On 3 June 2016, the Hong Kong Government gazetted the Companies (Winding Up and Miscellaneous Provisions) (Amendment) Ordinance 2016 (“Amendment Ordinance”). The date of commencement of the Amendment Ordinance will be appointed by the Secretary for Financial Services and the Treasury by notice published in the Gazette.

Background

The Amendment Ordinance seeks to improve and modernise Hong Kong’s corporate winding up regime. It amends the existing winding up provisions, which remained in the Companies (Winding Up and Miscellaneous Provisions) Ordinance (Cap.32) (“CWUMPO”) and its subsidiary legislation following the new Companies Ordinance (Cap.622) in 2014. The Amendment Ordinance was drafted with the aims to:

  • Increase the protection of creditors;
  • Streamline the winding up process; and
  • Further enhance the integrity of the winding up process.

Increase the protection of creditors

Under the Amendment Ordinance, the key amendments to the CWUMPO to increase creditors protection are:

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Streamline the winding up process

The Amendment Ordinance introduces provisions which improve the proceedings of the Committee of Inspection (“COI”), promote Court-free processes, and simplify other related procedures. The key amendments to the CWUMPO and the Companies (Winding-Up) Rules (Cap.32H) (“CWUR”) are:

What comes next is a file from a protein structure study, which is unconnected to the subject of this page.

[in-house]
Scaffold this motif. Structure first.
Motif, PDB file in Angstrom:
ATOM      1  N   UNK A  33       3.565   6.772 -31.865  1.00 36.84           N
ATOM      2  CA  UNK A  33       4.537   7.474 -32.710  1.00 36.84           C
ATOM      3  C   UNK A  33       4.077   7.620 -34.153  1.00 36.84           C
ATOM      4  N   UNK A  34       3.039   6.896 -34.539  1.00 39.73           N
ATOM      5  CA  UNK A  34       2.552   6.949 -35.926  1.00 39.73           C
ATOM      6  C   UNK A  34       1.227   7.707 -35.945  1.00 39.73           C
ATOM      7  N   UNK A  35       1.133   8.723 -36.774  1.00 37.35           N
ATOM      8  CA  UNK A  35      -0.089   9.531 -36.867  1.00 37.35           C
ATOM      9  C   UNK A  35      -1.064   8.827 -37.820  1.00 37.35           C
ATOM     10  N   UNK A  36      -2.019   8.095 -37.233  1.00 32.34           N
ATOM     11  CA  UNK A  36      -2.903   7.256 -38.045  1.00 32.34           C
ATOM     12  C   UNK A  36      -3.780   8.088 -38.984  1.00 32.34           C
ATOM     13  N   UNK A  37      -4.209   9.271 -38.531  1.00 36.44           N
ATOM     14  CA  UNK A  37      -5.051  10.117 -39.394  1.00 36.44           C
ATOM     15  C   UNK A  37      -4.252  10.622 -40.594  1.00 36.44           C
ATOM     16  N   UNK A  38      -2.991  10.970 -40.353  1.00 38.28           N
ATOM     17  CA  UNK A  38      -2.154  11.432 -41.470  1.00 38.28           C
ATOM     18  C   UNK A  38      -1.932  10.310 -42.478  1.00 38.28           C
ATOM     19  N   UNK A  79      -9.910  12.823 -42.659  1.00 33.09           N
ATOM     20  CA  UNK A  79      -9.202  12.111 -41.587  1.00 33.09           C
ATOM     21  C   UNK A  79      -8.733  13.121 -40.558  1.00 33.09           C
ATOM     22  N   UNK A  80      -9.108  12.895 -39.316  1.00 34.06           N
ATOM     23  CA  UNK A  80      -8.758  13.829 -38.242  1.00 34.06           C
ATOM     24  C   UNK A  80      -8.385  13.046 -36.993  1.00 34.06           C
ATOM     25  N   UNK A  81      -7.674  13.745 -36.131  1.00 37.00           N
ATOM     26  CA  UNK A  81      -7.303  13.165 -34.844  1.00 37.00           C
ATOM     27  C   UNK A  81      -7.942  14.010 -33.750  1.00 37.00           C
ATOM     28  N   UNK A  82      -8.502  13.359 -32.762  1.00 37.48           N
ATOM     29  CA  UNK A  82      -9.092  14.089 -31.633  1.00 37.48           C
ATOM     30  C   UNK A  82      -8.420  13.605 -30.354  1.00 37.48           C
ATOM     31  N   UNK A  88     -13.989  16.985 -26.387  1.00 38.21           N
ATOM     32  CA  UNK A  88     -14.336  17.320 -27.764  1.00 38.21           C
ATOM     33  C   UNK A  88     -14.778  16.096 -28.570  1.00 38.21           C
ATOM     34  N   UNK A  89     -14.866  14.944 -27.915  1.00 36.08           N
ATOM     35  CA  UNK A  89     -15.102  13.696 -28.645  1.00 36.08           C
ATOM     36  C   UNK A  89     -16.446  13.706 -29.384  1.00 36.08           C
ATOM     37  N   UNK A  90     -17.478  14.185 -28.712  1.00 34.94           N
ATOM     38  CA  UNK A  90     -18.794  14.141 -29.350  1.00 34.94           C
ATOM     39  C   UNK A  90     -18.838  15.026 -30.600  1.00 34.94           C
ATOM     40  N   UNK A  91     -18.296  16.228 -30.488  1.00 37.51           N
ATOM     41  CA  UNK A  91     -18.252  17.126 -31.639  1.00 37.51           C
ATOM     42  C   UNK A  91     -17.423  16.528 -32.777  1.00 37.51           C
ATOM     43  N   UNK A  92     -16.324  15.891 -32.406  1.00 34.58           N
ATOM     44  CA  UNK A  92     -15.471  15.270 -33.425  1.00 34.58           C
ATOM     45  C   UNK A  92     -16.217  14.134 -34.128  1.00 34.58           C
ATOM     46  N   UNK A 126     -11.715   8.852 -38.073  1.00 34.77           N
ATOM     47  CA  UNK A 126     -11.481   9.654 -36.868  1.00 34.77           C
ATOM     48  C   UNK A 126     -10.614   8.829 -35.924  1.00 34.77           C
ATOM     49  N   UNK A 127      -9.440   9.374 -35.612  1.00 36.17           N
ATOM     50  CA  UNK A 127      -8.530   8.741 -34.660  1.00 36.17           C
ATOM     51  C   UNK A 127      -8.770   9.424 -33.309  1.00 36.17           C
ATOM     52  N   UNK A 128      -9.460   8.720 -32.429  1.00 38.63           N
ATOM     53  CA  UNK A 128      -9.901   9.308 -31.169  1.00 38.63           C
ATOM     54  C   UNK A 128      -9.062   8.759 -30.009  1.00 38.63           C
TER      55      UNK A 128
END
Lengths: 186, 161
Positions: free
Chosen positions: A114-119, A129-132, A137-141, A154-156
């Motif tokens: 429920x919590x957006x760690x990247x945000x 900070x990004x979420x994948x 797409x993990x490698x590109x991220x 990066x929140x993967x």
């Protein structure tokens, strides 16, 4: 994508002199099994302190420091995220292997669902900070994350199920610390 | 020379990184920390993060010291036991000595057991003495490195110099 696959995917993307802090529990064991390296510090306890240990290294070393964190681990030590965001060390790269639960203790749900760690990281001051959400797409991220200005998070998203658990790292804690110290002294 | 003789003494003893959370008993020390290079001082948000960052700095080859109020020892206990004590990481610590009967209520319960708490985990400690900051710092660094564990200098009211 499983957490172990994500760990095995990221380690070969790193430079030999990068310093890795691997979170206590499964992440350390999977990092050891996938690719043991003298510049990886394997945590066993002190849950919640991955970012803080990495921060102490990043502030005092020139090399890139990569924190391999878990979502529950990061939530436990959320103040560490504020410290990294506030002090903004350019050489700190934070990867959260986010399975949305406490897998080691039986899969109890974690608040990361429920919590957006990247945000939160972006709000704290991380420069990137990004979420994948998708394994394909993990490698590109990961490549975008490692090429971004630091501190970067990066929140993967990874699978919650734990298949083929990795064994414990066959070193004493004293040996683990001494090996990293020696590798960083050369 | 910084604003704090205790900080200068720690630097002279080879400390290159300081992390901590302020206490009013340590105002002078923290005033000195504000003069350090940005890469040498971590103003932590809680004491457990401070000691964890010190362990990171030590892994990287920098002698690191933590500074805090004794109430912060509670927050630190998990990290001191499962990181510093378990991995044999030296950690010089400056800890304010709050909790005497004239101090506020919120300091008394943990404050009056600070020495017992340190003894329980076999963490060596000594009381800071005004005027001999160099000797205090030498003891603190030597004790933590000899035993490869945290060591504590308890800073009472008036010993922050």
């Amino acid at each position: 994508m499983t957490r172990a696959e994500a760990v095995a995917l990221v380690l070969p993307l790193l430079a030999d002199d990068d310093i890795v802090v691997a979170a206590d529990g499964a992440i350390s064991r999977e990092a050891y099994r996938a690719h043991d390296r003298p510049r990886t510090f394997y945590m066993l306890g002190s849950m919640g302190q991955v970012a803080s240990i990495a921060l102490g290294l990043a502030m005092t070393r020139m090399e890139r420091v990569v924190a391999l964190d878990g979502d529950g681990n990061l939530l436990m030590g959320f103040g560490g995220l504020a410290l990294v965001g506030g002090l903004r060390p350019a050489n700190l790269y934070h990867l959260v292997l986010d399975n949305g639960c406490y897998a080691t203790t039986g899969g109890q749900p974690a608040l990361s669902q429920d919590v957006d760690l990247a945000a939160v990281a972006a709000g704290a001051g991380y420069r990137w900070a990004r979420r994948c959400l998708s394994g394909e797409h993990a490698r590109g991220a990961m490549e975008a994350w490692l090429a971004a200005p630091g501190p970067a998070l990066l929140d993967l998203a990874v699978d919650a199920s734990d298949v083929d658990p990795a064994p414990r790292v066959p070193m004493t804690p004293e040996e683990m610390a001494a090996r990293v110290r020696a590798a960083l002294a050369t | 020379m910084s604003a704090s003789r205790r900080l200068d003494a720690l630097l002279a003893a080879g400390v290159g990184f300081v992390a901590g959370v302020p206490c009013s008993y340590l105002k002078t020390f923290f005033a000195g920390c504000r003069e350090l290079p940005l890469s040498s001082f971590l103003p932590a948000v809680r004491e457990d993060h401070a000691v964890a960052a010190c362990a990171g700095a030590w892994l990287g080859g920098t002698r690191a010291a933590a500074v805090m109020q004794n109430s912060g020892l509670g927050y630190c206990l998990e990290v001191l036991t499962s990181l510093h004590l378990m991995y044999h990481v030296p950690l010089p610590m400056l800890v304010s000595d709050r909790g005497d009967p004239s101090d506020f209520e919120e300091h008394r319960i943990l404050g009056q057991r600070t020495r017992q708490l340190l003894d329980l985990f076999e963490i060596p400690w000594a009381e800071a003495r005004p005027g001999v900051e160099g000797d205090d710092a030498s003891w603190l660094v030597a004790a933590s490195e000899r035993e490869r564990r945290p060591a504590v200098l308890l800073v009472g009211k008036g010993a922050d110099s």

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Further enhance the integrity of the winding up process

In relation to liquidators and provisional liquidators, the Amendment Ordinance also introduces certain regulatory measures to further enhance the integrity of the winding up process. The key amendments to the CWUMPO and the CWUP are:

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A Missed Opportunity?

The amendments to the CWUMPO by the Amendment Ordinance are welcome, in particular the amendments to the Unfair Preference provisions and introduction of Transactions at an Undervalue.

However, the Amendment Ordinance provides mainly ‘band aid’ solutions rather than the major surgery required to truly modernise the financial restructuring and insolvency regime in Hong Kong, as a key global financial centre, to ensure that it is better prepared to meet challenges in the region. In particular it fails to:

  • Implement the UNCITRAL Model Law for cross-border insolvency;
  • Implement a statutory regime to facilitate corporate rescue and restructuring; or
  • Provide for insolvent trading (even without criminal sanction).

The amendments in the Amendment Ordinance are unlikely to deliver much material improvement to creditor recoveries. Considering that the Amendment Ordinance is the first significant update in this area of law in many years after several stalled attempts, and that it may be a long time until another chance comes by, the Amendment Ordinance seems to be a missed opportunity.